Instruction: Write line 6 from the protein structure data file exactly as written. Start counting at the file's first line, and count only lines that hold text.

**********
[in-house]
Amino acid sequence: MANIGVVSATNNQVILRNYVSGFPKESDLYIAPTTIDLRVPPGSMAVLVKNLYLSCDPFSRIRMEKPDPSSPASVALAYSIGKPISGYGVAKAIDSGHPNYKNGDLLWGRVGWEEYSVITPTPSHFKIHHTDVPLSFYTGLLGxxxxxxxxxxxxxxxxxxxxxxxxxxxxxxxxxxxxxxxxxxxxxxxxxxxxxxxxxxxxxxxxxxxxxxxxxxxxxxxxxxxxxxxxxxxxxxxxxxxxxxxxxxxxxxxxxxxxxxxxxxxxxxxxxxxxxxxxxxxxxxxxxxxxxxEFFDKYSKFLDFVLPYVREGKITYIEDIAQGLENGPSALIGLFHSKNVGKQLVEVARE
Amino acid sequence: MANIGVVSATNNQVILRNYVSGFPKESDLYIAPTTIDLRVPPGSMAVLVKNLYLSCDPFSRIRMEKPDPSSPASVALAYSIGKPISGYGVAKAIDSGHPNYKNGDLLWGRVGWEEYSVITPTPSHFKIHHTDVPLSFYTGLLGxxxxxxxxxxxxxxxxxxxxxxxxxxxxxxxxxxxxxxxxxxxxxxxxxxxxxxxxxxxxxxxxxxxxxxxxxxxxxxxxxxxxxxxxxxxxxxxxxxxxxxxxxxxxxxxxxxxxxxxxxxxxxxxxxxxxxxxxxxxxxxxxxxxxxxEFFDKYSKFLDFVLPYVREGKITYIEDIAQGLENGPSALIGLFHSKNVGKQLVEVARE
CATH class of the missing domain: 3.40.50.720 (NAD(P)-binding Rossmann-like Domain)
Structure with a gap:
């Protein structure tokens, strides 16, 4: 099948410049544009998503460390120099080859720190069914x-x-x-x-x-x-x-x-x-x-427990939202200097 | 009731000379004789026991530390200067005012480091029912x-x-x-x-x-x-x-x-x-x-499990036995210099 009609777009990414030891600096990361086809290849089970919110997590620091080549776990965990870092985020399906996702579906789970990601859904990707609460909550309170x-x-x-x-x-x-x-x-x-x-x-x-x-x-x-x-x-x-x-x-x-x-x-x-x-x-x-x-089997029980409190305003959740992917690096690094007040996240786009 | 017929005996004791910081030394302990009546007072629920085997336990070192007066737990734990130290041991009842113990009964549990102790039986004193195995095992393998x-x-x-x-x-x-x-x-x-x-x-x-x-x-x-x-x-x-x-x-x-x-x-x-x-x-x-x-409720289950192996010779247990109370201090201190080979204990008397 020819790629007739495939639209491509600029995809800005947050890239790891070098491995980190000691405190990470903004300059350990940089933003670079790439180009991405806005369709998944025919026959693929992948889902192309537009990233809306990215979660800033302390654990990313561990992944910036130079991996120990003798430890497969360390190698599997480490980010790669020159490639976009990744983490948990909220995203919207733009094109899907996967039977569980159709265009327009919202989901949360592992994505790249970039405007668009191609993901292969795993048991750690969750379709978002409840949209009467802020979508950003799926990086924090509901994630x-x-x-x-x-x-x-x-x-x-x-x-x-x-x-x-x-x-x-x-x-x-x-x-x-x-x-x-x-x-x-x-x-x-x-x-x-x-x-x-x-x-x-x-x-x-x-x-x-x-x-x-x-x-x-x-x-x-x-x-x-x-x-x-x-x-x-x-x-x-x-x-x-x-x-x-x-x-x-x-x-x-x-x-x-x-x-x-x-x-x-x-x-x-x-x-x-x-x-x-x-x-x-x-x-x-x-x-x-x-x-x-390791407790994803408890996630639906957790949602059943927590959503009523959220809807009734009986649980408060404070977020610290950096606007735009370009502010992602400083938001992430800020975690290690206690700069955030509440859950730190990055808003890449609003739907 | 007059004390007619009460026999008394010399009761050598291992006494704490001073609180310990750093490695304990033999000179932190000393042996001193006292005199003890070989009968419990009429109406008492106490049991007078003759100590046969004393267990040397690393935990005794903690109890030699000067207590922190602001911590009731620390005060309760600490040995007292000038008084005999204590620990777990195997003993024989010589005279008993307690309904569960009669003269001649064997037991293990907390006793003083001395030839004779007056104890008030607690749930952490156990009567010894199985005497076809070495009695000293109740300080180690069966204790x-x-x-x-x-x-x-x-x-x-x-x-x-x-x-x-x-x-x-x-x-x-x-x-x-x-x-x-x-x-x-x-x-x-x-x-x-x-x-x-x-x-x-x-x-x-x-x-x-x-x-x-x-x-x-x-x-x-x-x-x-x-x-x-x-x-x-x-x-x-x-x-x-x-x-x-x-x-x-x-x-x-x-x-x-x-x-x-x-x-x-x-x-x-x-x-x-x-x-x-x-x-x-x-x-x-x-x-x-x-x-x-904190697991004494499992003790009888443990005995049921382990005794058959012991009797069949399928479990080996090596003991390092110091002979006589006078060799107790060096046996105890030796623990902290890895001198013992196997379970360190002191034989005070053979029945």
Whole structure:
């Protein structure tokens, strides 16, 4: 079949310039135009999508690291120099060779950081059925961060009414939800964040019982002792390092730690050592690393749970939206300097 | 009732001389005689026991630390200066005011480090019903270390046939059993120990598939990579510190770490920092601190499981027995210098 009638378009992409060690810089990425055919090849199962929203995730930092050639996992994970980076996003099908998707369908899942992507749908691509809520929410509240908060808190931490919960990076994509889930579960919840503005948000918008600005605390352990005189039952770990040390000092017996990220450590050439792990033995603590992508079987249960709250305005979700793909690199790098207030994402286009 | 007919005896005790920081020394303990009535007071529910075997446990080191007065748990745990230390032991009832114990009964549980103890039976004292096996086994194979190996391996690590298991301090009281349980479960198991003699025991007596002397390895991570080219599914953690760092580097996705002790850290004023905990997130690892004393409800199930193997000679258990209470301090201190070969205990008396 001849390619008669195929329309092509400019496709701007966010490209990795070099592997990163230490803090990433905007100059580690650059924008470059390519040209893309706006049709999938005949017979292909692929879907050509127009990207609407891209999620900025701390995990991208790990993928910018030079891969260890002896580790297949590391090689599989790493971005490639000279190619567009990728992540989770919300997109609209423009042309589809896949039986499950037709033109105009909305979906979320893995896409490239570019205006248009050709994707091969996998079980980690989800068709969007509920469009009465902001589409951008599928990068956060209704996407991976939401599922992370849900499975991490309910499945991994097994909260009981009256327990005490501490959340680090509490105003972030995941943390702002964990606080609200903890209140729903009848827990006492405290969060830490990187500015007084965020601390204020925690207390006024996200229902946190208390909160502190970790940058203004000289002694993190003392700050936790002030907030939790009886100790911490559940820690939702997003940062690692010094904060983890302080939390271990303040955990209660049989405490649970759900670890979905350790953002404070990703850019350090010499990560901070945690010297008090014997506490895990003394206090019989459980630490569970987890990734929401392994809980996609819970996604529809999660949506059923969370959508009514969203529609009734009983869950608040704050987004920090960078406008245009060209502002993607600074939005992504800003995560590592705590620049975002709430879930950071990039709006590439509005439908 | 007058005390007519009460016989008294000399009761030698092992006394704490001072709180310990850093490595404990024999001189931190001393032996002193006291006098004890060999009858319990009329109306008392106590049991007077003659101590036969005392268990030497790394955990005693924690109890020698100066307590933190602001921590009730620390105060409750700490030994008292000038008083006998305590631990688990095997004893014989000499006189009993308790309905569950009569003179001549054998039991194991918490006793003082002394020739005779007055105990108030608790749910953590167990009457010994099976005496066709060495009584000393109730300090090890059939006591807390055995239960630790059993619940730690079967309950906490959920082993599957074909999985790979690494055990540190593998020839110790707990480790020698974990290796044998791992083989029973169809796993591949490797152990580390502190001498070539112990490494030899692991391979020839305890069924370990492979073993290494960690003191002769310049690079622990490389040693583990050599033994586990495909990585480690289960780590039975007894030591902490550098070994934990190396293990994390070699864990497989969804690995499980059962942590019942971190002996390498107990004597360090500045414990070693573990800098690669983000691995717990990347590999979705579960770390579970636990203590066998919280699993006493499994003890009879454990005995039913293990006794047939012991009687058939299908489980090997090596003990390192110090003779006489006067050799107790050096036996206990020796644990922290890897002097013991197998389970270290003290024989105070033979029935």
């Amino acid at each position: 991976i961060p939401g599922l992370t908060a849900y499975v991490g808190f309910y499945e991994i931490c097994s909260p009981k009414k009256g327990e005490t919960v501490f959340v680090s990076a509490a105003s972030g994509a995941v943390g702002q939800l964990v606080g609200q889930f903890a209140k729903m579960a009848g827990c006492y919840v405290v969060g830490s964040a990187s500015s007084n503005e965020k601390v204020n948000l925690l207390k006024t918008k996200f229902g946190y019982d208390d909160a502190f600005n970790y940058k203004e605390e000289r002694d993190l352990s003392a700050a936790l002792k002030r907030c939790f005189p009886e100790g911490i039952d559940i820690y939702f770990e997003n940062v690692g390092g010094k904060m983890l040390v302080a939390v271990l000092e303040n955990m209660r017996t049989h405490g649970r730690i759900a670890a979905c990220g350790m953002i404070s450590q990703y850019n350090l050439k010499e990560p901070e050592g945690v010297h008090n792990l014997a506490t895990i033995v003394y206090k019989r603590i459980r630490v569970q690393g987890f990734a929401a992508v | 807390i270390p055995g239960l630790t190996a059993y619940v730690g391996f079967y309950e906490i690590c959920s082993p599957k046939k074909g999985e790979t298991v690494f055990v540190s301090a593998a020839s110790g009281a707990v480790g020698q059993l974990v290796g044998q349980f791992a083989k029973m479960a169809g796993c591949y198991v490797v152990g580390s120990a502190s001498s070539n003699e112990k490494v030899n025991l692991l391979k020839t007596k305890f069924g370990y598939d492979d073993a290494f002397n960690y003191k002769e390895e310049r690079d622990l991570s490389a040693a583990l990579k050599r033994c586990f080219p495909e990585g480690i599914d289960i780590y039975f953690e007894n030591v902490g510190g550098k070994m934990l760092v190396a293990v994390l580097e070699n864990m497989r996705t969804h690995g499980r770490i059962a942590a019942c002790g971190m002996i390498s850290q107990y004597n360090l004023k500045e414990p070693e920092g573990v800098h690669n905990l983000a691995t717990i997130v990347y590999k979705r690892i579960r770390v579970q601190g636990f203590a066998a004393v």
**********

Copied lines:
């Protein structure tokens, strides 16, 4: 099948410049544009998503460390120099080859720190069914x-x-x-x-x-x-x-x-x-x-427990939202200097 | 009731000379004789026991530390200067005012480091029912x-x-x-x-x-x-x-x-x-x-499990036995210099 009609777009990414030891600096990361086809290849089970919110997590620091080549776990965990870092985020399906996702579906789970990601859904990707609460909550309170x-x-x-x-x-x-x-x-x-x-x-x-x-x-x-x-x-x-x-x-x-x-x-x-x-x-x-x-089997029980409190305003959740992917690096690094007040996240786009 | 017929005996004791910081030394302990009546007072629920085997336990070192007066737990734990130290041991009842113990009964549990102790039986004193195995095992393998x-x-x-x-x-x-x-x-x-x-x-x-x-x-x-x-x-x-x-x-x-x-x-x-x-x-x-x-409720289950192996010779247990109370201090201190080979204990008397 020819790629007739495939639209491509600029995809800005947050890239790891070098491995980190000691405190990470903004300059350990940089933003670079790439180009991405806005369709998944025919026959693929992948889902192309537009990233809306990215979660800033302390654990990313561990992944910036130079991996120990003798430890497969360390190698599997480490980010790669020159490639976009990744983490948990909220995203919207733009094109899907996967039977569980159709265009327009919202989901949360592992994505790249970039405007668009191609993901292969795993048991750690969750379709978002409840949209009467802020979508950003799926990086924090509901994630x-x-x-x-x-x-x-x-x-x-x-x-x-x-x-x-x-x-x-x-x-x-x-x-x-x-x-x-x-x-x-x-x-x-x-x-x-x-x-x-x-x-x-x-x-x-x-x-x-x-x-x-x-x-x-x-x-x-x-x-x-x-x-x-x-x-x-x-x-x-x-x-x-x-x-x-x-x-x-x-x-x-x-x-x-x-x-x-x-x-x-x-x-x-x-x-x-x-x-x-x-x-x-x-x-x-x-x-x-x-x-x-390791407790994803408890996630639906957790949602059943927590959503009523959220809807009734009986649980408060404070977020610290950096606007735009370009502010992602400083938001992430800020975690290690206690700069955030509440859950730190990055808003890449609003739907 | 007059004390007619009460026999008394010399009761050598291992006494704490001073609180310990750093490695304990033999000179932190000393042996001193006292005199003890070989009968419990009429109406008492106490049991007078003759100590046969004393267990040397690393935990005794903690109890030699000067207590922190602001911590009731620390005060309760600490040995007292000038008084005999204590620990777990195997003993024989010589005279008993307690309904569960009669003269001649064997037991293990907390006793003083001395030839004779007056104890008030607690749930952490156990009567010894199985005497076809070495009695000293109740300080180690069966204790x-x-x-x-x-x-x-x-x-x-x-x-x-x-x-x-x-x-x-x-x-x-x-x-x-x-x-x-x-x-x-x-x-x-x-x-x-x-x-x-x-x-x-x-x-x-x-x-x-x-x-x-x-x-x-x-x-x-x-x-x-x-x-x-x-x-x-x-x-x-x-x-x-x-x-x-x-x-x-x-x-x-x-x-x-x-x-x-x-x-x-x-x-x-x-x-x-x-x-x-x-x-x-x-x-x-x-x-x-x-x-x-904190697991004494499992003790009888443990005995049921382990005794058959012991009797069949399928479990080996090596003991390092110091002979006589006078060799107790060096046996105890030796623990902290890895001198013992196997379970360190002191034989005070053979029945």